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Shots In The Dark
Wednesday, April 20, 2005
  Tell-It-All on the Mountain
Stephanie Green, a former researcher for Star magazine, has won a lawsuit filed against her by American Media Inc., which was attempting to stop Green from publishing a novel inspired by her days working for the tabloid. (Star is owned by AMI.) The suits at AMI alleged that they needed to screen a copy of the manuscript in order to determine whether Green had violated confidentiality and "non-disparagement" clauses in her employment contract. The judge ruled that AMI didn't have cause to sue; AMI says it plans an appeal.

Here's what the case is really about: Green is hinting (pretty explicitly) that her book is based on infamous Star editor Bonnie Fuller, a legendary editorial tyrant who has dragged down the quality—and pumped up the sales—of every magazine she's ever worked for (and probably some she hasn't). AMI wants to protect its celebrity editor.

Let us consider some of the ironies in this situation.

First, you have a media company suing to prevent the publication of a novel.

Second, the media company in question happens to be the obtainer and purveyor of celebrity dirt which, one hopes, is far juicier than anything one could write about a mere editor.

And third, if a celebrity lawyer insisted upon pre-publication review of an article about his/her client, American Media would presumably tell that lawyer where to go.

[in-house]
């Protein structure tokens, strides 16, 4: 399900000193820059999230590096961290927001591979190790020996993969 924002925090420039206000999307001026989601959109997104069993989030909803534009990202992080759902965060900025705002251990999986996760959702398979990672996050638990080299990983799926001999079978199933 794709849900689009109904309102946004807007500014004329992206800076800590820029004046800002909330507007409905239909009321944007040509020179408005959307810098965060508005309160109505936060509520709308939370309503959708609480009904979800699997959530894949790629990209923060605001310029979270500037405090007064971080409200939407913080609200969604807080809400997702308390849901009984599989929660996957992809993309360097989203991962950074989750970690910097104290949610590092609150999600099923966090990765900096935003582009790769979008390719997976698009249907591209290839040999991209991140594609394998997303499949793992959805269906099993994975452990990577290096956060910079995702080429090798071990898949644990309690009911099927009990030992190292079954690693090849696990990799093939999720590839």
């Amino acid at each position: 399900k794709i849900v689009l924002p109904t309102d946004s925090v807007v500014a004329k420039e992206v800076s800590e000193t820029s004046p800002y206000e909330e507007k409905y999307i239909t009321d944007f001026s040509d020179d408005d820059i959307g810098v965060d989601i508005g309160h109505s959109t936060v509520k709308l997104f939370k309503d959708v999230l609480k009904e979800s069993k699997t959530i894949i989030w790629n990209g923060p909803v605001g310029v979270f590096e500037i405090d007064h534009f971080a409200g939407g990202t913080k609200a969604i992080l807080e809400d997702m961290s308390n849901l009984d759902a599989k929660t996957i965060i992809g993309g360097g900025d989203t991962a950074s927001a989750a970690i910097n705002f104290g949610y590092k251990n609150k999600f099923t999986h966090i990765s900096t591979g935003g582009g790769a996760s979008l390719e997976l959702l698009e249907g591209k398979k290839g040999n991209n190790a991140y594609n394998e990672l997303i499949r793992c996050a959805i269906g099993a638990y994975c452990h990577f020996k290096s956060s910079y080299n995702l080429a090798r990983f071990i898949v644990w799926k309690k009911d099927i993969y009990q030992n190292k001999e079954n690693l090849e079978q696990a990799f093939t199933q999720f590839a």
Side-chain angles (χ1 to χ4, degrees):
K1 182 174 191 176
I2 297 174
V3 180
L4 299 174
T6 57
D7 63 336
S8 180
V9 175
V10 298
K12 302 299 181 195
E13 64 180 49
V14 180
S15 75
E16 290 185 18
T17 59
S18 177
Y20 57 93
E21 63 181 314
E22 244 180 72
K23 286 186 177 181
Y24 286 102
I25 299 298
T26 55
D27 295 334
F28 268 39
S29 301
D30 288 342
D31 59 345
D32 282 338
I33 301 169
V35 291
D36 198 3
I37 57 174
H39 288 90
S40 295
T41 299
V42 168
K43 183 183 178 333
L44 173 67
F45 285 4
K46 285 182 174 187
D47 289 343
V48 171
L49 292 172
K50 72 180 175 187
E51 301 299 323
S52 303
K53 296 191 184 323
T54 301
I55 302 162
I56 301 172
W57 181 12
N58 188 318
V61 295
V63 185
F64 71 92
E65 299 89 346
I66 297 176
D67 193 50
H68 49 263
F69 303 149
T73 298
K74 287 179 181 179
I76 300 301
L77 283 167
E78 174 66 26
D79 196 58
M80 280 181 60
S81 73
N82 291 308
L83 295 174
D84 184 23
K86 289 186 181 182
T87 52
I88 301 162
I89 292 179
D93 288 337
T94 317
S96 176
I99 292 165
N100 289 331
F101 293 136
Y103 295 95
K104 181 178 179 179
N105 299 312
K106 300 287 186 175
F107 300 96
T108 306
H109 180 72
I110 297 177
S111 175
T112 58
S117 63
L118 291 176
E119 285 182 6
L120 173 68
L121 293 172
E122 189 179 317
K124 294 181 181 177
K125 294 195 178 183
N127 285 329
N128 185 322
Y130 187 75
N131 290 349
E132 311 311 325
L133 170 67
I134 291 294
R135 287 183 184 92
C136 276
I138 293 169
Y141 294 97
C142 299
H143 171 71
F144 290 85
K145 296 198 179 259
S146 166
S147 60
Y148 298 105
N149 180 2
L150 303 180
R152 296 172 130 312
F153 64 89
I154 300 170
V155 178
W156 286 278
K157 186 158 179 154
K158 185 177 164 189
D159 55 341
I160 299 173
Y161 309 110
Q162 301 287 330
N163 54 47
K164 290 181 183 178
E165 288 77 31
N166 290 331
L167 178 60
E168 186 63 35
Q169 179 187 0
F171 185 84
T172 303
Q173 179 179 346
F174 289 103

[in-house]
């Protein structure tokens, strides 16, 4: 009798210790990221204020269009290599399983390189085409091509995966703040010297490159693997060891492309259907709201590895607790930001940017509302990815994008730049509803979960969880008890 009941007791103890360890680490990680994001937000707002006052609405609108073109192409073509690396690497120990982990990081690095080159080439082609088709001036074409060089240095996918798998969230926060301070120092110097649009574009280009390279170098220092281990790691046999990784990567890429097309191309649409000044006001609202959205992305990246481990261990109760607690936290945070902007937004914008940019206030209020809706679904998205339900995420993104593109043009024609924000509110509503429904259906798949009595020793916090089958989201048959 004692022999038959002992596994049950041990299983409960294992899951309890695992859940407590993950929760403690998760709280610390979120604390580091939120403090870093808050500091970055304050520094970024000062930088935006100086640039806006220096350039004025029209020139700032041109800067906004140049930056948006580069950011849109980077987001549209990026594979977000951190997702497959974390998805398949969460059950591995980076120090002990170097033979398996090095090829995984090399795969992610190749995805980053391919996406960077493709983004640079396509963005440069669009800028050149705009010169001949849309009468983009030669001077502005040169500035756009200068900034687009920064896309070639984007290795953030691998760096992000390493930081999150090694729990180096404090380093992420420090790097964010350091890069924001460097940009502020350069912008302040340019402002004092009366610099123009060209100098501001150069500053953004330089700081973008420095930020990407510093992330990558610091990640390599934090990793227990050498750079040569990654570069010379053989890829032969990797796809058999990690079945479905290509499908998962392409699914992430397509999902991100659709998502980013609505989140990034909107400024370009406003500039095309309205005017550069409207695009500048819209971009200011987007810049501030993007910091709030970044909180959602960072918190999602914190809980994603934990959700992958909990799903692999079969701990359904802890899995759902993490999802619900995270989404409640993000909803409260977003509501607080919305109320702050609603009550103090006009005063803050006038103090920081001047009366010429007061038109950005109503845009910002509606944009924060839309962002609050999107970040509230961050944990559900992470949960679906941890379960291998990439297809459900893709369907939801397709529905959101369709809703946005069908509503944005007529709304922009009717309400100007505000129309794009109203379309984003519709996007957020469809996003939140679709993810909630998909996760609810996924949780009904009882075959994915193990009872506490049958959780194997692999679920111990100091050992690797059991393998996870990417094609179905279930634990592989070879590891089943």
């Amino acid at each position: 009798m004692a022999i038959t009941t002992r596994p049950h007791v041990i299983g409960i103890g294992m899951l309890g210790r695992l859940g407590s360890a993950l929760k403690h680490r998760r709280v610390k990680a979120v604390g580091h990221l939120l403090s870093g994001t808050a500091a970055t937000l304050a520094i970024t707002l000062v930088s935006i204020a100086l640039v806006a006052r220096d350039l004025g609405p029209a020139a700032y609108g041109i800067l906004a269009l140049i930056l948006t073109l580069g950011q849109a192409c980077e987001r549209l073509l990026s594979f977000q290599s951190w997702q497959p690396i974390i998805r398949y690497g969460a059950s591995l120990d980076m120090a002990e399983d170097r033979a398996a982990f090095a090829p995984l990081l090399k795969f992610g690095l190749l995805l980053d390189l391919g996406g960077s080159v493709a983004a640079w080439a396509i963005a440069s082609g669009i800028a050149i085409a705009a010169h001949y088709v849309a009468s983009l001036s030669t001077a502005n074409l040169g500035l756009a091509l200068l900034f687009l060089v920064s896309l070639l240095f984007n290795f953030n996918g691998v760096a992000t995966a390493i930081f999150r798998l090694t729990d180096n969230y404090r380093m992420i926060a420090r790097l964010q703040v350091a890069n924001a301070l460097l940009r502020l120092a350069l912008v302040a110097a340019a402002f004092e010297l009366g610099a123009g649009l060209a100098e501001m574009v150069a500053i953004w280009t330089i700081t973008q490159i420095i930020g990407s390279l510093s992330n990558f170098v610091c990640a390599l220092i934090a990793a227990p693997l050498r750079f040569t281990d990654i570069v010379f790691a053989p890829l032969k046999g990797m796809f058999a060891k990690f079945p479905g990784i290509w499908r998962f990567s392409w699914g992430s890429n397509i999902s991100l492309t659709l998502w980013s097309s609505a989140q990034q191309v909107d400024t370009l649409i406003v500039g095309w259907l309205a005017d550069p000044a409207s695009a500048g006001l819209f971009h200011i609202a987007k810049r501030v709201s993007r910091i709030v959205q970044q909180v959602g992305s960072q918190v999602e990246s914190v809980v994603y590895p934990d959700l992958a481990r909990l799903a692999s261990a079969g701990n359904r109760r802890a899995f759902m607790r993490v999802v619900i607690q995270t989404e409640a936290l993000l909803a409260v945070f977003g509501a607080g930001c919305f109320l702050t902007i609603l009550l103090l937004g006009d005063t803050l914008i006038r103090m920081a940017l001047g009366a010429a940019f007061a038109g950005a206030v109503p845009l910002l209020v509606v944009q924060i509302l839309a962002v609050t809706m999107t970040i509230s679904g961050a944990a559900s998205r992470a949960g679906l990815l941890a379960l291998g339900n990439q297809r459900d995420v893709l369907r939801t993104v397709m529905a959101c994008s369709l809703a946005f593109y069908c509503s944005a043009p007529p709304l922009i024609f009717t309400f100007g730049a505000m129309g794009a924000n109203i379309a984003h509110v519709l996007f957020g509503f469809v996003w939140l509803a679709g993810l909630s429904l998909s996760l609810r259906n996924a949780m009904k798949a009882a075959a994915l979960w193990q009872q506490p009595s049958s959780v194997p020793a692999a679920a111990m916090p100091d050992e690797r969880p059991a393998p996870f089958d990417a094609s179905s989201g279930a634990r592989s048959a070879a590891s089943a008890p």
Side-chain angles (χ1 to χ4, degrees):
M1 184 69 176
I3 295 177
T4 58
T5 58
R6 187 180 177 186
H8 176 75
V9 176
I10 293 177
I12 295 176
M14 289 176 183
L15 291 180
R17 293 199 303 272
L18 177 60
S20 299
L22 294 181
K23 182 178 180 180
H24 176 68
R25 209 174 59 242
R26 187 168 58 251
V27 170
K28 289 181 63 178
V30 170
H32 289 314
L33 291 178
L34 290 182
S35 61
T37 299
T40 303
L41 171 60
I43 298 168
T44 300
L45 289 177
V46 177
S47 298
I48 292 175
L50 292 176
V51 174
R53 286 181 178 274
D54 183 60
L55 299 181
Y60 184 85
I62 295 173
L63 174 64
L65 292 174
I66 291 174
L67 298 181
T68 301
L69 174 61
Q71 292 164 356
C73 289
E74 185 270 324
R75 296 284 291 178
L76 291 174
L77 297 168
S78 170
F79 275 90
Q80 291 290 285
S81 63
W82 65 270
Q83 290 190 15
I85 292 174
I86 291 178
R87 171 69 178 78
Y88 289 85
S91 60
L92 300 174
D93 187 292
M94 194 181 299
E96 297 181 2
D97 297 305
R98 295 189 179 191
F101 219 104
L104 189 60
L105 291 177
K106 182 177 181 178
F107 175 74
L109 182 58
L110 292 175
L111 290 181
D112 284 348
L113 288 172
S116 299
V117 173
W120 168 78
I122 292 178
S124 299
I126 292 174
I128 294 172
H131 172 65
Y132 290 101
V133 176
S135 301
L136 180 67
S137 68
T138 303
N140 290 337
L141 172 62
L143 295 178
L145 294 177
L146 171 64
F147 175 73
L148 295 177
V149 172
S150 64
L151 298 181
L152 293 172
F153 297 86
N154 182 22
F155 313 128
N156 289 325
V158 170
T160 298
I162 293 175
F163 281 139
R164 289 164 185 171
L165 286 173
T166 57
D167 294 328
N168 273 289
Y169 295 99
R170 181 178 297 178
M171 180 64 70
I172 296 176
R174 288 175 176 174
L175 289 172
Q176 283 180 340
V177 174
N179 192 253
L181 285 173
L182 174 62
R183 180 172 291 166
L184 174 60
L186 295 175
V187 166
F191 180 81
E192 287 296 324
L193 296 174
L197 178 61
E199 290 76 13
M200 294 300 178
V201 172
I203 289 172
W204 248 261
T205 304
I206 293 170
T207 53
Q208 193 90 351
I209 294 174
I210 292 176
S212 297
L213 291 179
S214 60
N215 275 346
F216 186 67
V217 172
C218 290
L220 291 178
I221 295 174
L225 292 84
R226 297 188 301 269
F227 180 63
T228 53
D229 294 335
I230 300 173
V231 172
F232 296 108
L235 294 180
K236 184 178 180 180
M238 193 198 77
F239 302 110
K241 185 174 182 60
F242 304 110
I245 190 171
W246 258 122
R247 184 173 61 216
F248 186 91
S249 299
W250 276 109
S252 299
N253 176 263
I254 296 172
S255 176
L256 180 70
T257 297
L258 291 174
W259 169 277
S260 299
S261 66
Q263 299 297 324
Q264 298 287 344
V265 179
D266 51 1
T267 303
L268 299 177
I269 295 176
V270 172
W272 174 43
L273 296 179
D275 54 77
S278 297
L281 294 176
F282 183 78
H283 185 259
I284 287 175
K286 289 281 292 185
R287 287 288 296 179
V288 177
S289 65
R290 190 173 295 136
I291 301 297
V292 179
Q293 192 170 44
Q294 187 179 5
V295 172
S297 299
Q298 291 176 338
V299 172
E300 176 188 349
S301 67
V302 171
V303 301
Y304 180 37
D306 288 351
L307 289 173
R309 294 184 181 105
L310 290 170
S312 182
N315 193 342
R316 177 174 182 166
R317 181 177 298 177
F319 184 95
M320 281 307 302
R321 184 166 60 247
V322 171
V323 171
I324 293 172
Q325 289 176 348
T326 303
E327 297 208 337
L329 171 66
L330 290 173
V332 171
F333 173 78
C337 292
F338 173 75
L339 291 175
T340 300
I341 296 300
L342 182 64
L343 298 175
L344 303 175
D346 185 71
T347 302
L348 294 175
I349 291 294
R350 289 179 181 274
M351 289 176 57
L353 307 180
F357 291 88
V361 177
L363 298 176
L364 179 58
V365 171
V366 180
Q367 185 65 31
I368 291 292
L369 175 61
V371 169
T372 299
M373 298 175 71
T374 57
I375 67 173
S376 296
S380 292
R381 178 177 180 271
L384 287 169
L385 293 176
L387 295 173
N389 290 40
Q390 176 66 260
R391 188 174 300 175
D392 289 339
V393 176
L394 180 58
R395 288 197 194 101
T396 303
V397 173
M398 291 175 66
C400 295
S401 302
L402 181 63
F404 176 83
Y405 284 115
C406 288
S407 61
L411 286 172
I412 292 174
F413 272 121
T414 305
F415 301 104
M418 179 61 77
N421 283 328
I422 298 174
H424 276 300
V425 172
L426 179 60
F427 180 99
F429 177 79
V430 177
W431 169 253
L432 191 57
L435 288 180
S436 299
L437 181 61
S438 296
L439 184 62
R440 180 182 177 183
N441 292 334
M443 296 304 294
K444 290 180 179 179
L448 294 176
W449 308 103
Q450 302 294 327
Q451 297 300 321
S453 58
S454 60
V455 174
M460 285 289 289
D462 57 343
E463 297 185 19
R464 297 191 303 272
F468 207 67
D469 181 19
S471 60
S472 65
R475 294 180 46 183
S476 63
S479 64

But never mind all this. More important than irony, this is another example of the invidious proliferation of confidentiality agreements in the world of business and media. It's well-known that I've had my own troubles with such agreements, and I've argued in print that they're tools employed by the rich and powerful to intimidate and silence the less rich and less powerful. Many of these agreements are simply intended to scare people out of exercising their First Amendment rights. Imagine if Microsoft created computer viruses aimed at annihilating shareware.

Remember—American Media sued to stop this woman from writing a work of fiction. Apparently they thought it would contain much truth. (Which is another irony, because most people would say that American Media publishes non-fiction, little of which is true. )

That the book in question isn't substantively important doesn't matter. The fact that a media company sued a writer to stop her from writing a novel should alarm every one who values a free press. AMI should drop its appeal, and Green should go ahead and sell her book.
I just stumbled across your blog. Very nice synopsis of my case with AMI. The irony is so unbelievable it's nearly comical, which is why I chose to fight the case. My attorneys do not think AMI will appeal; they've thrown a lot of money at this case already, not to mention the fact that now they may have to rejigger confidentialty agreements. But I will say this: AMI is strangely media shy regarding this case all of the sudden. It's not fun to lose, but I feel fabulous about winnning! Take care.
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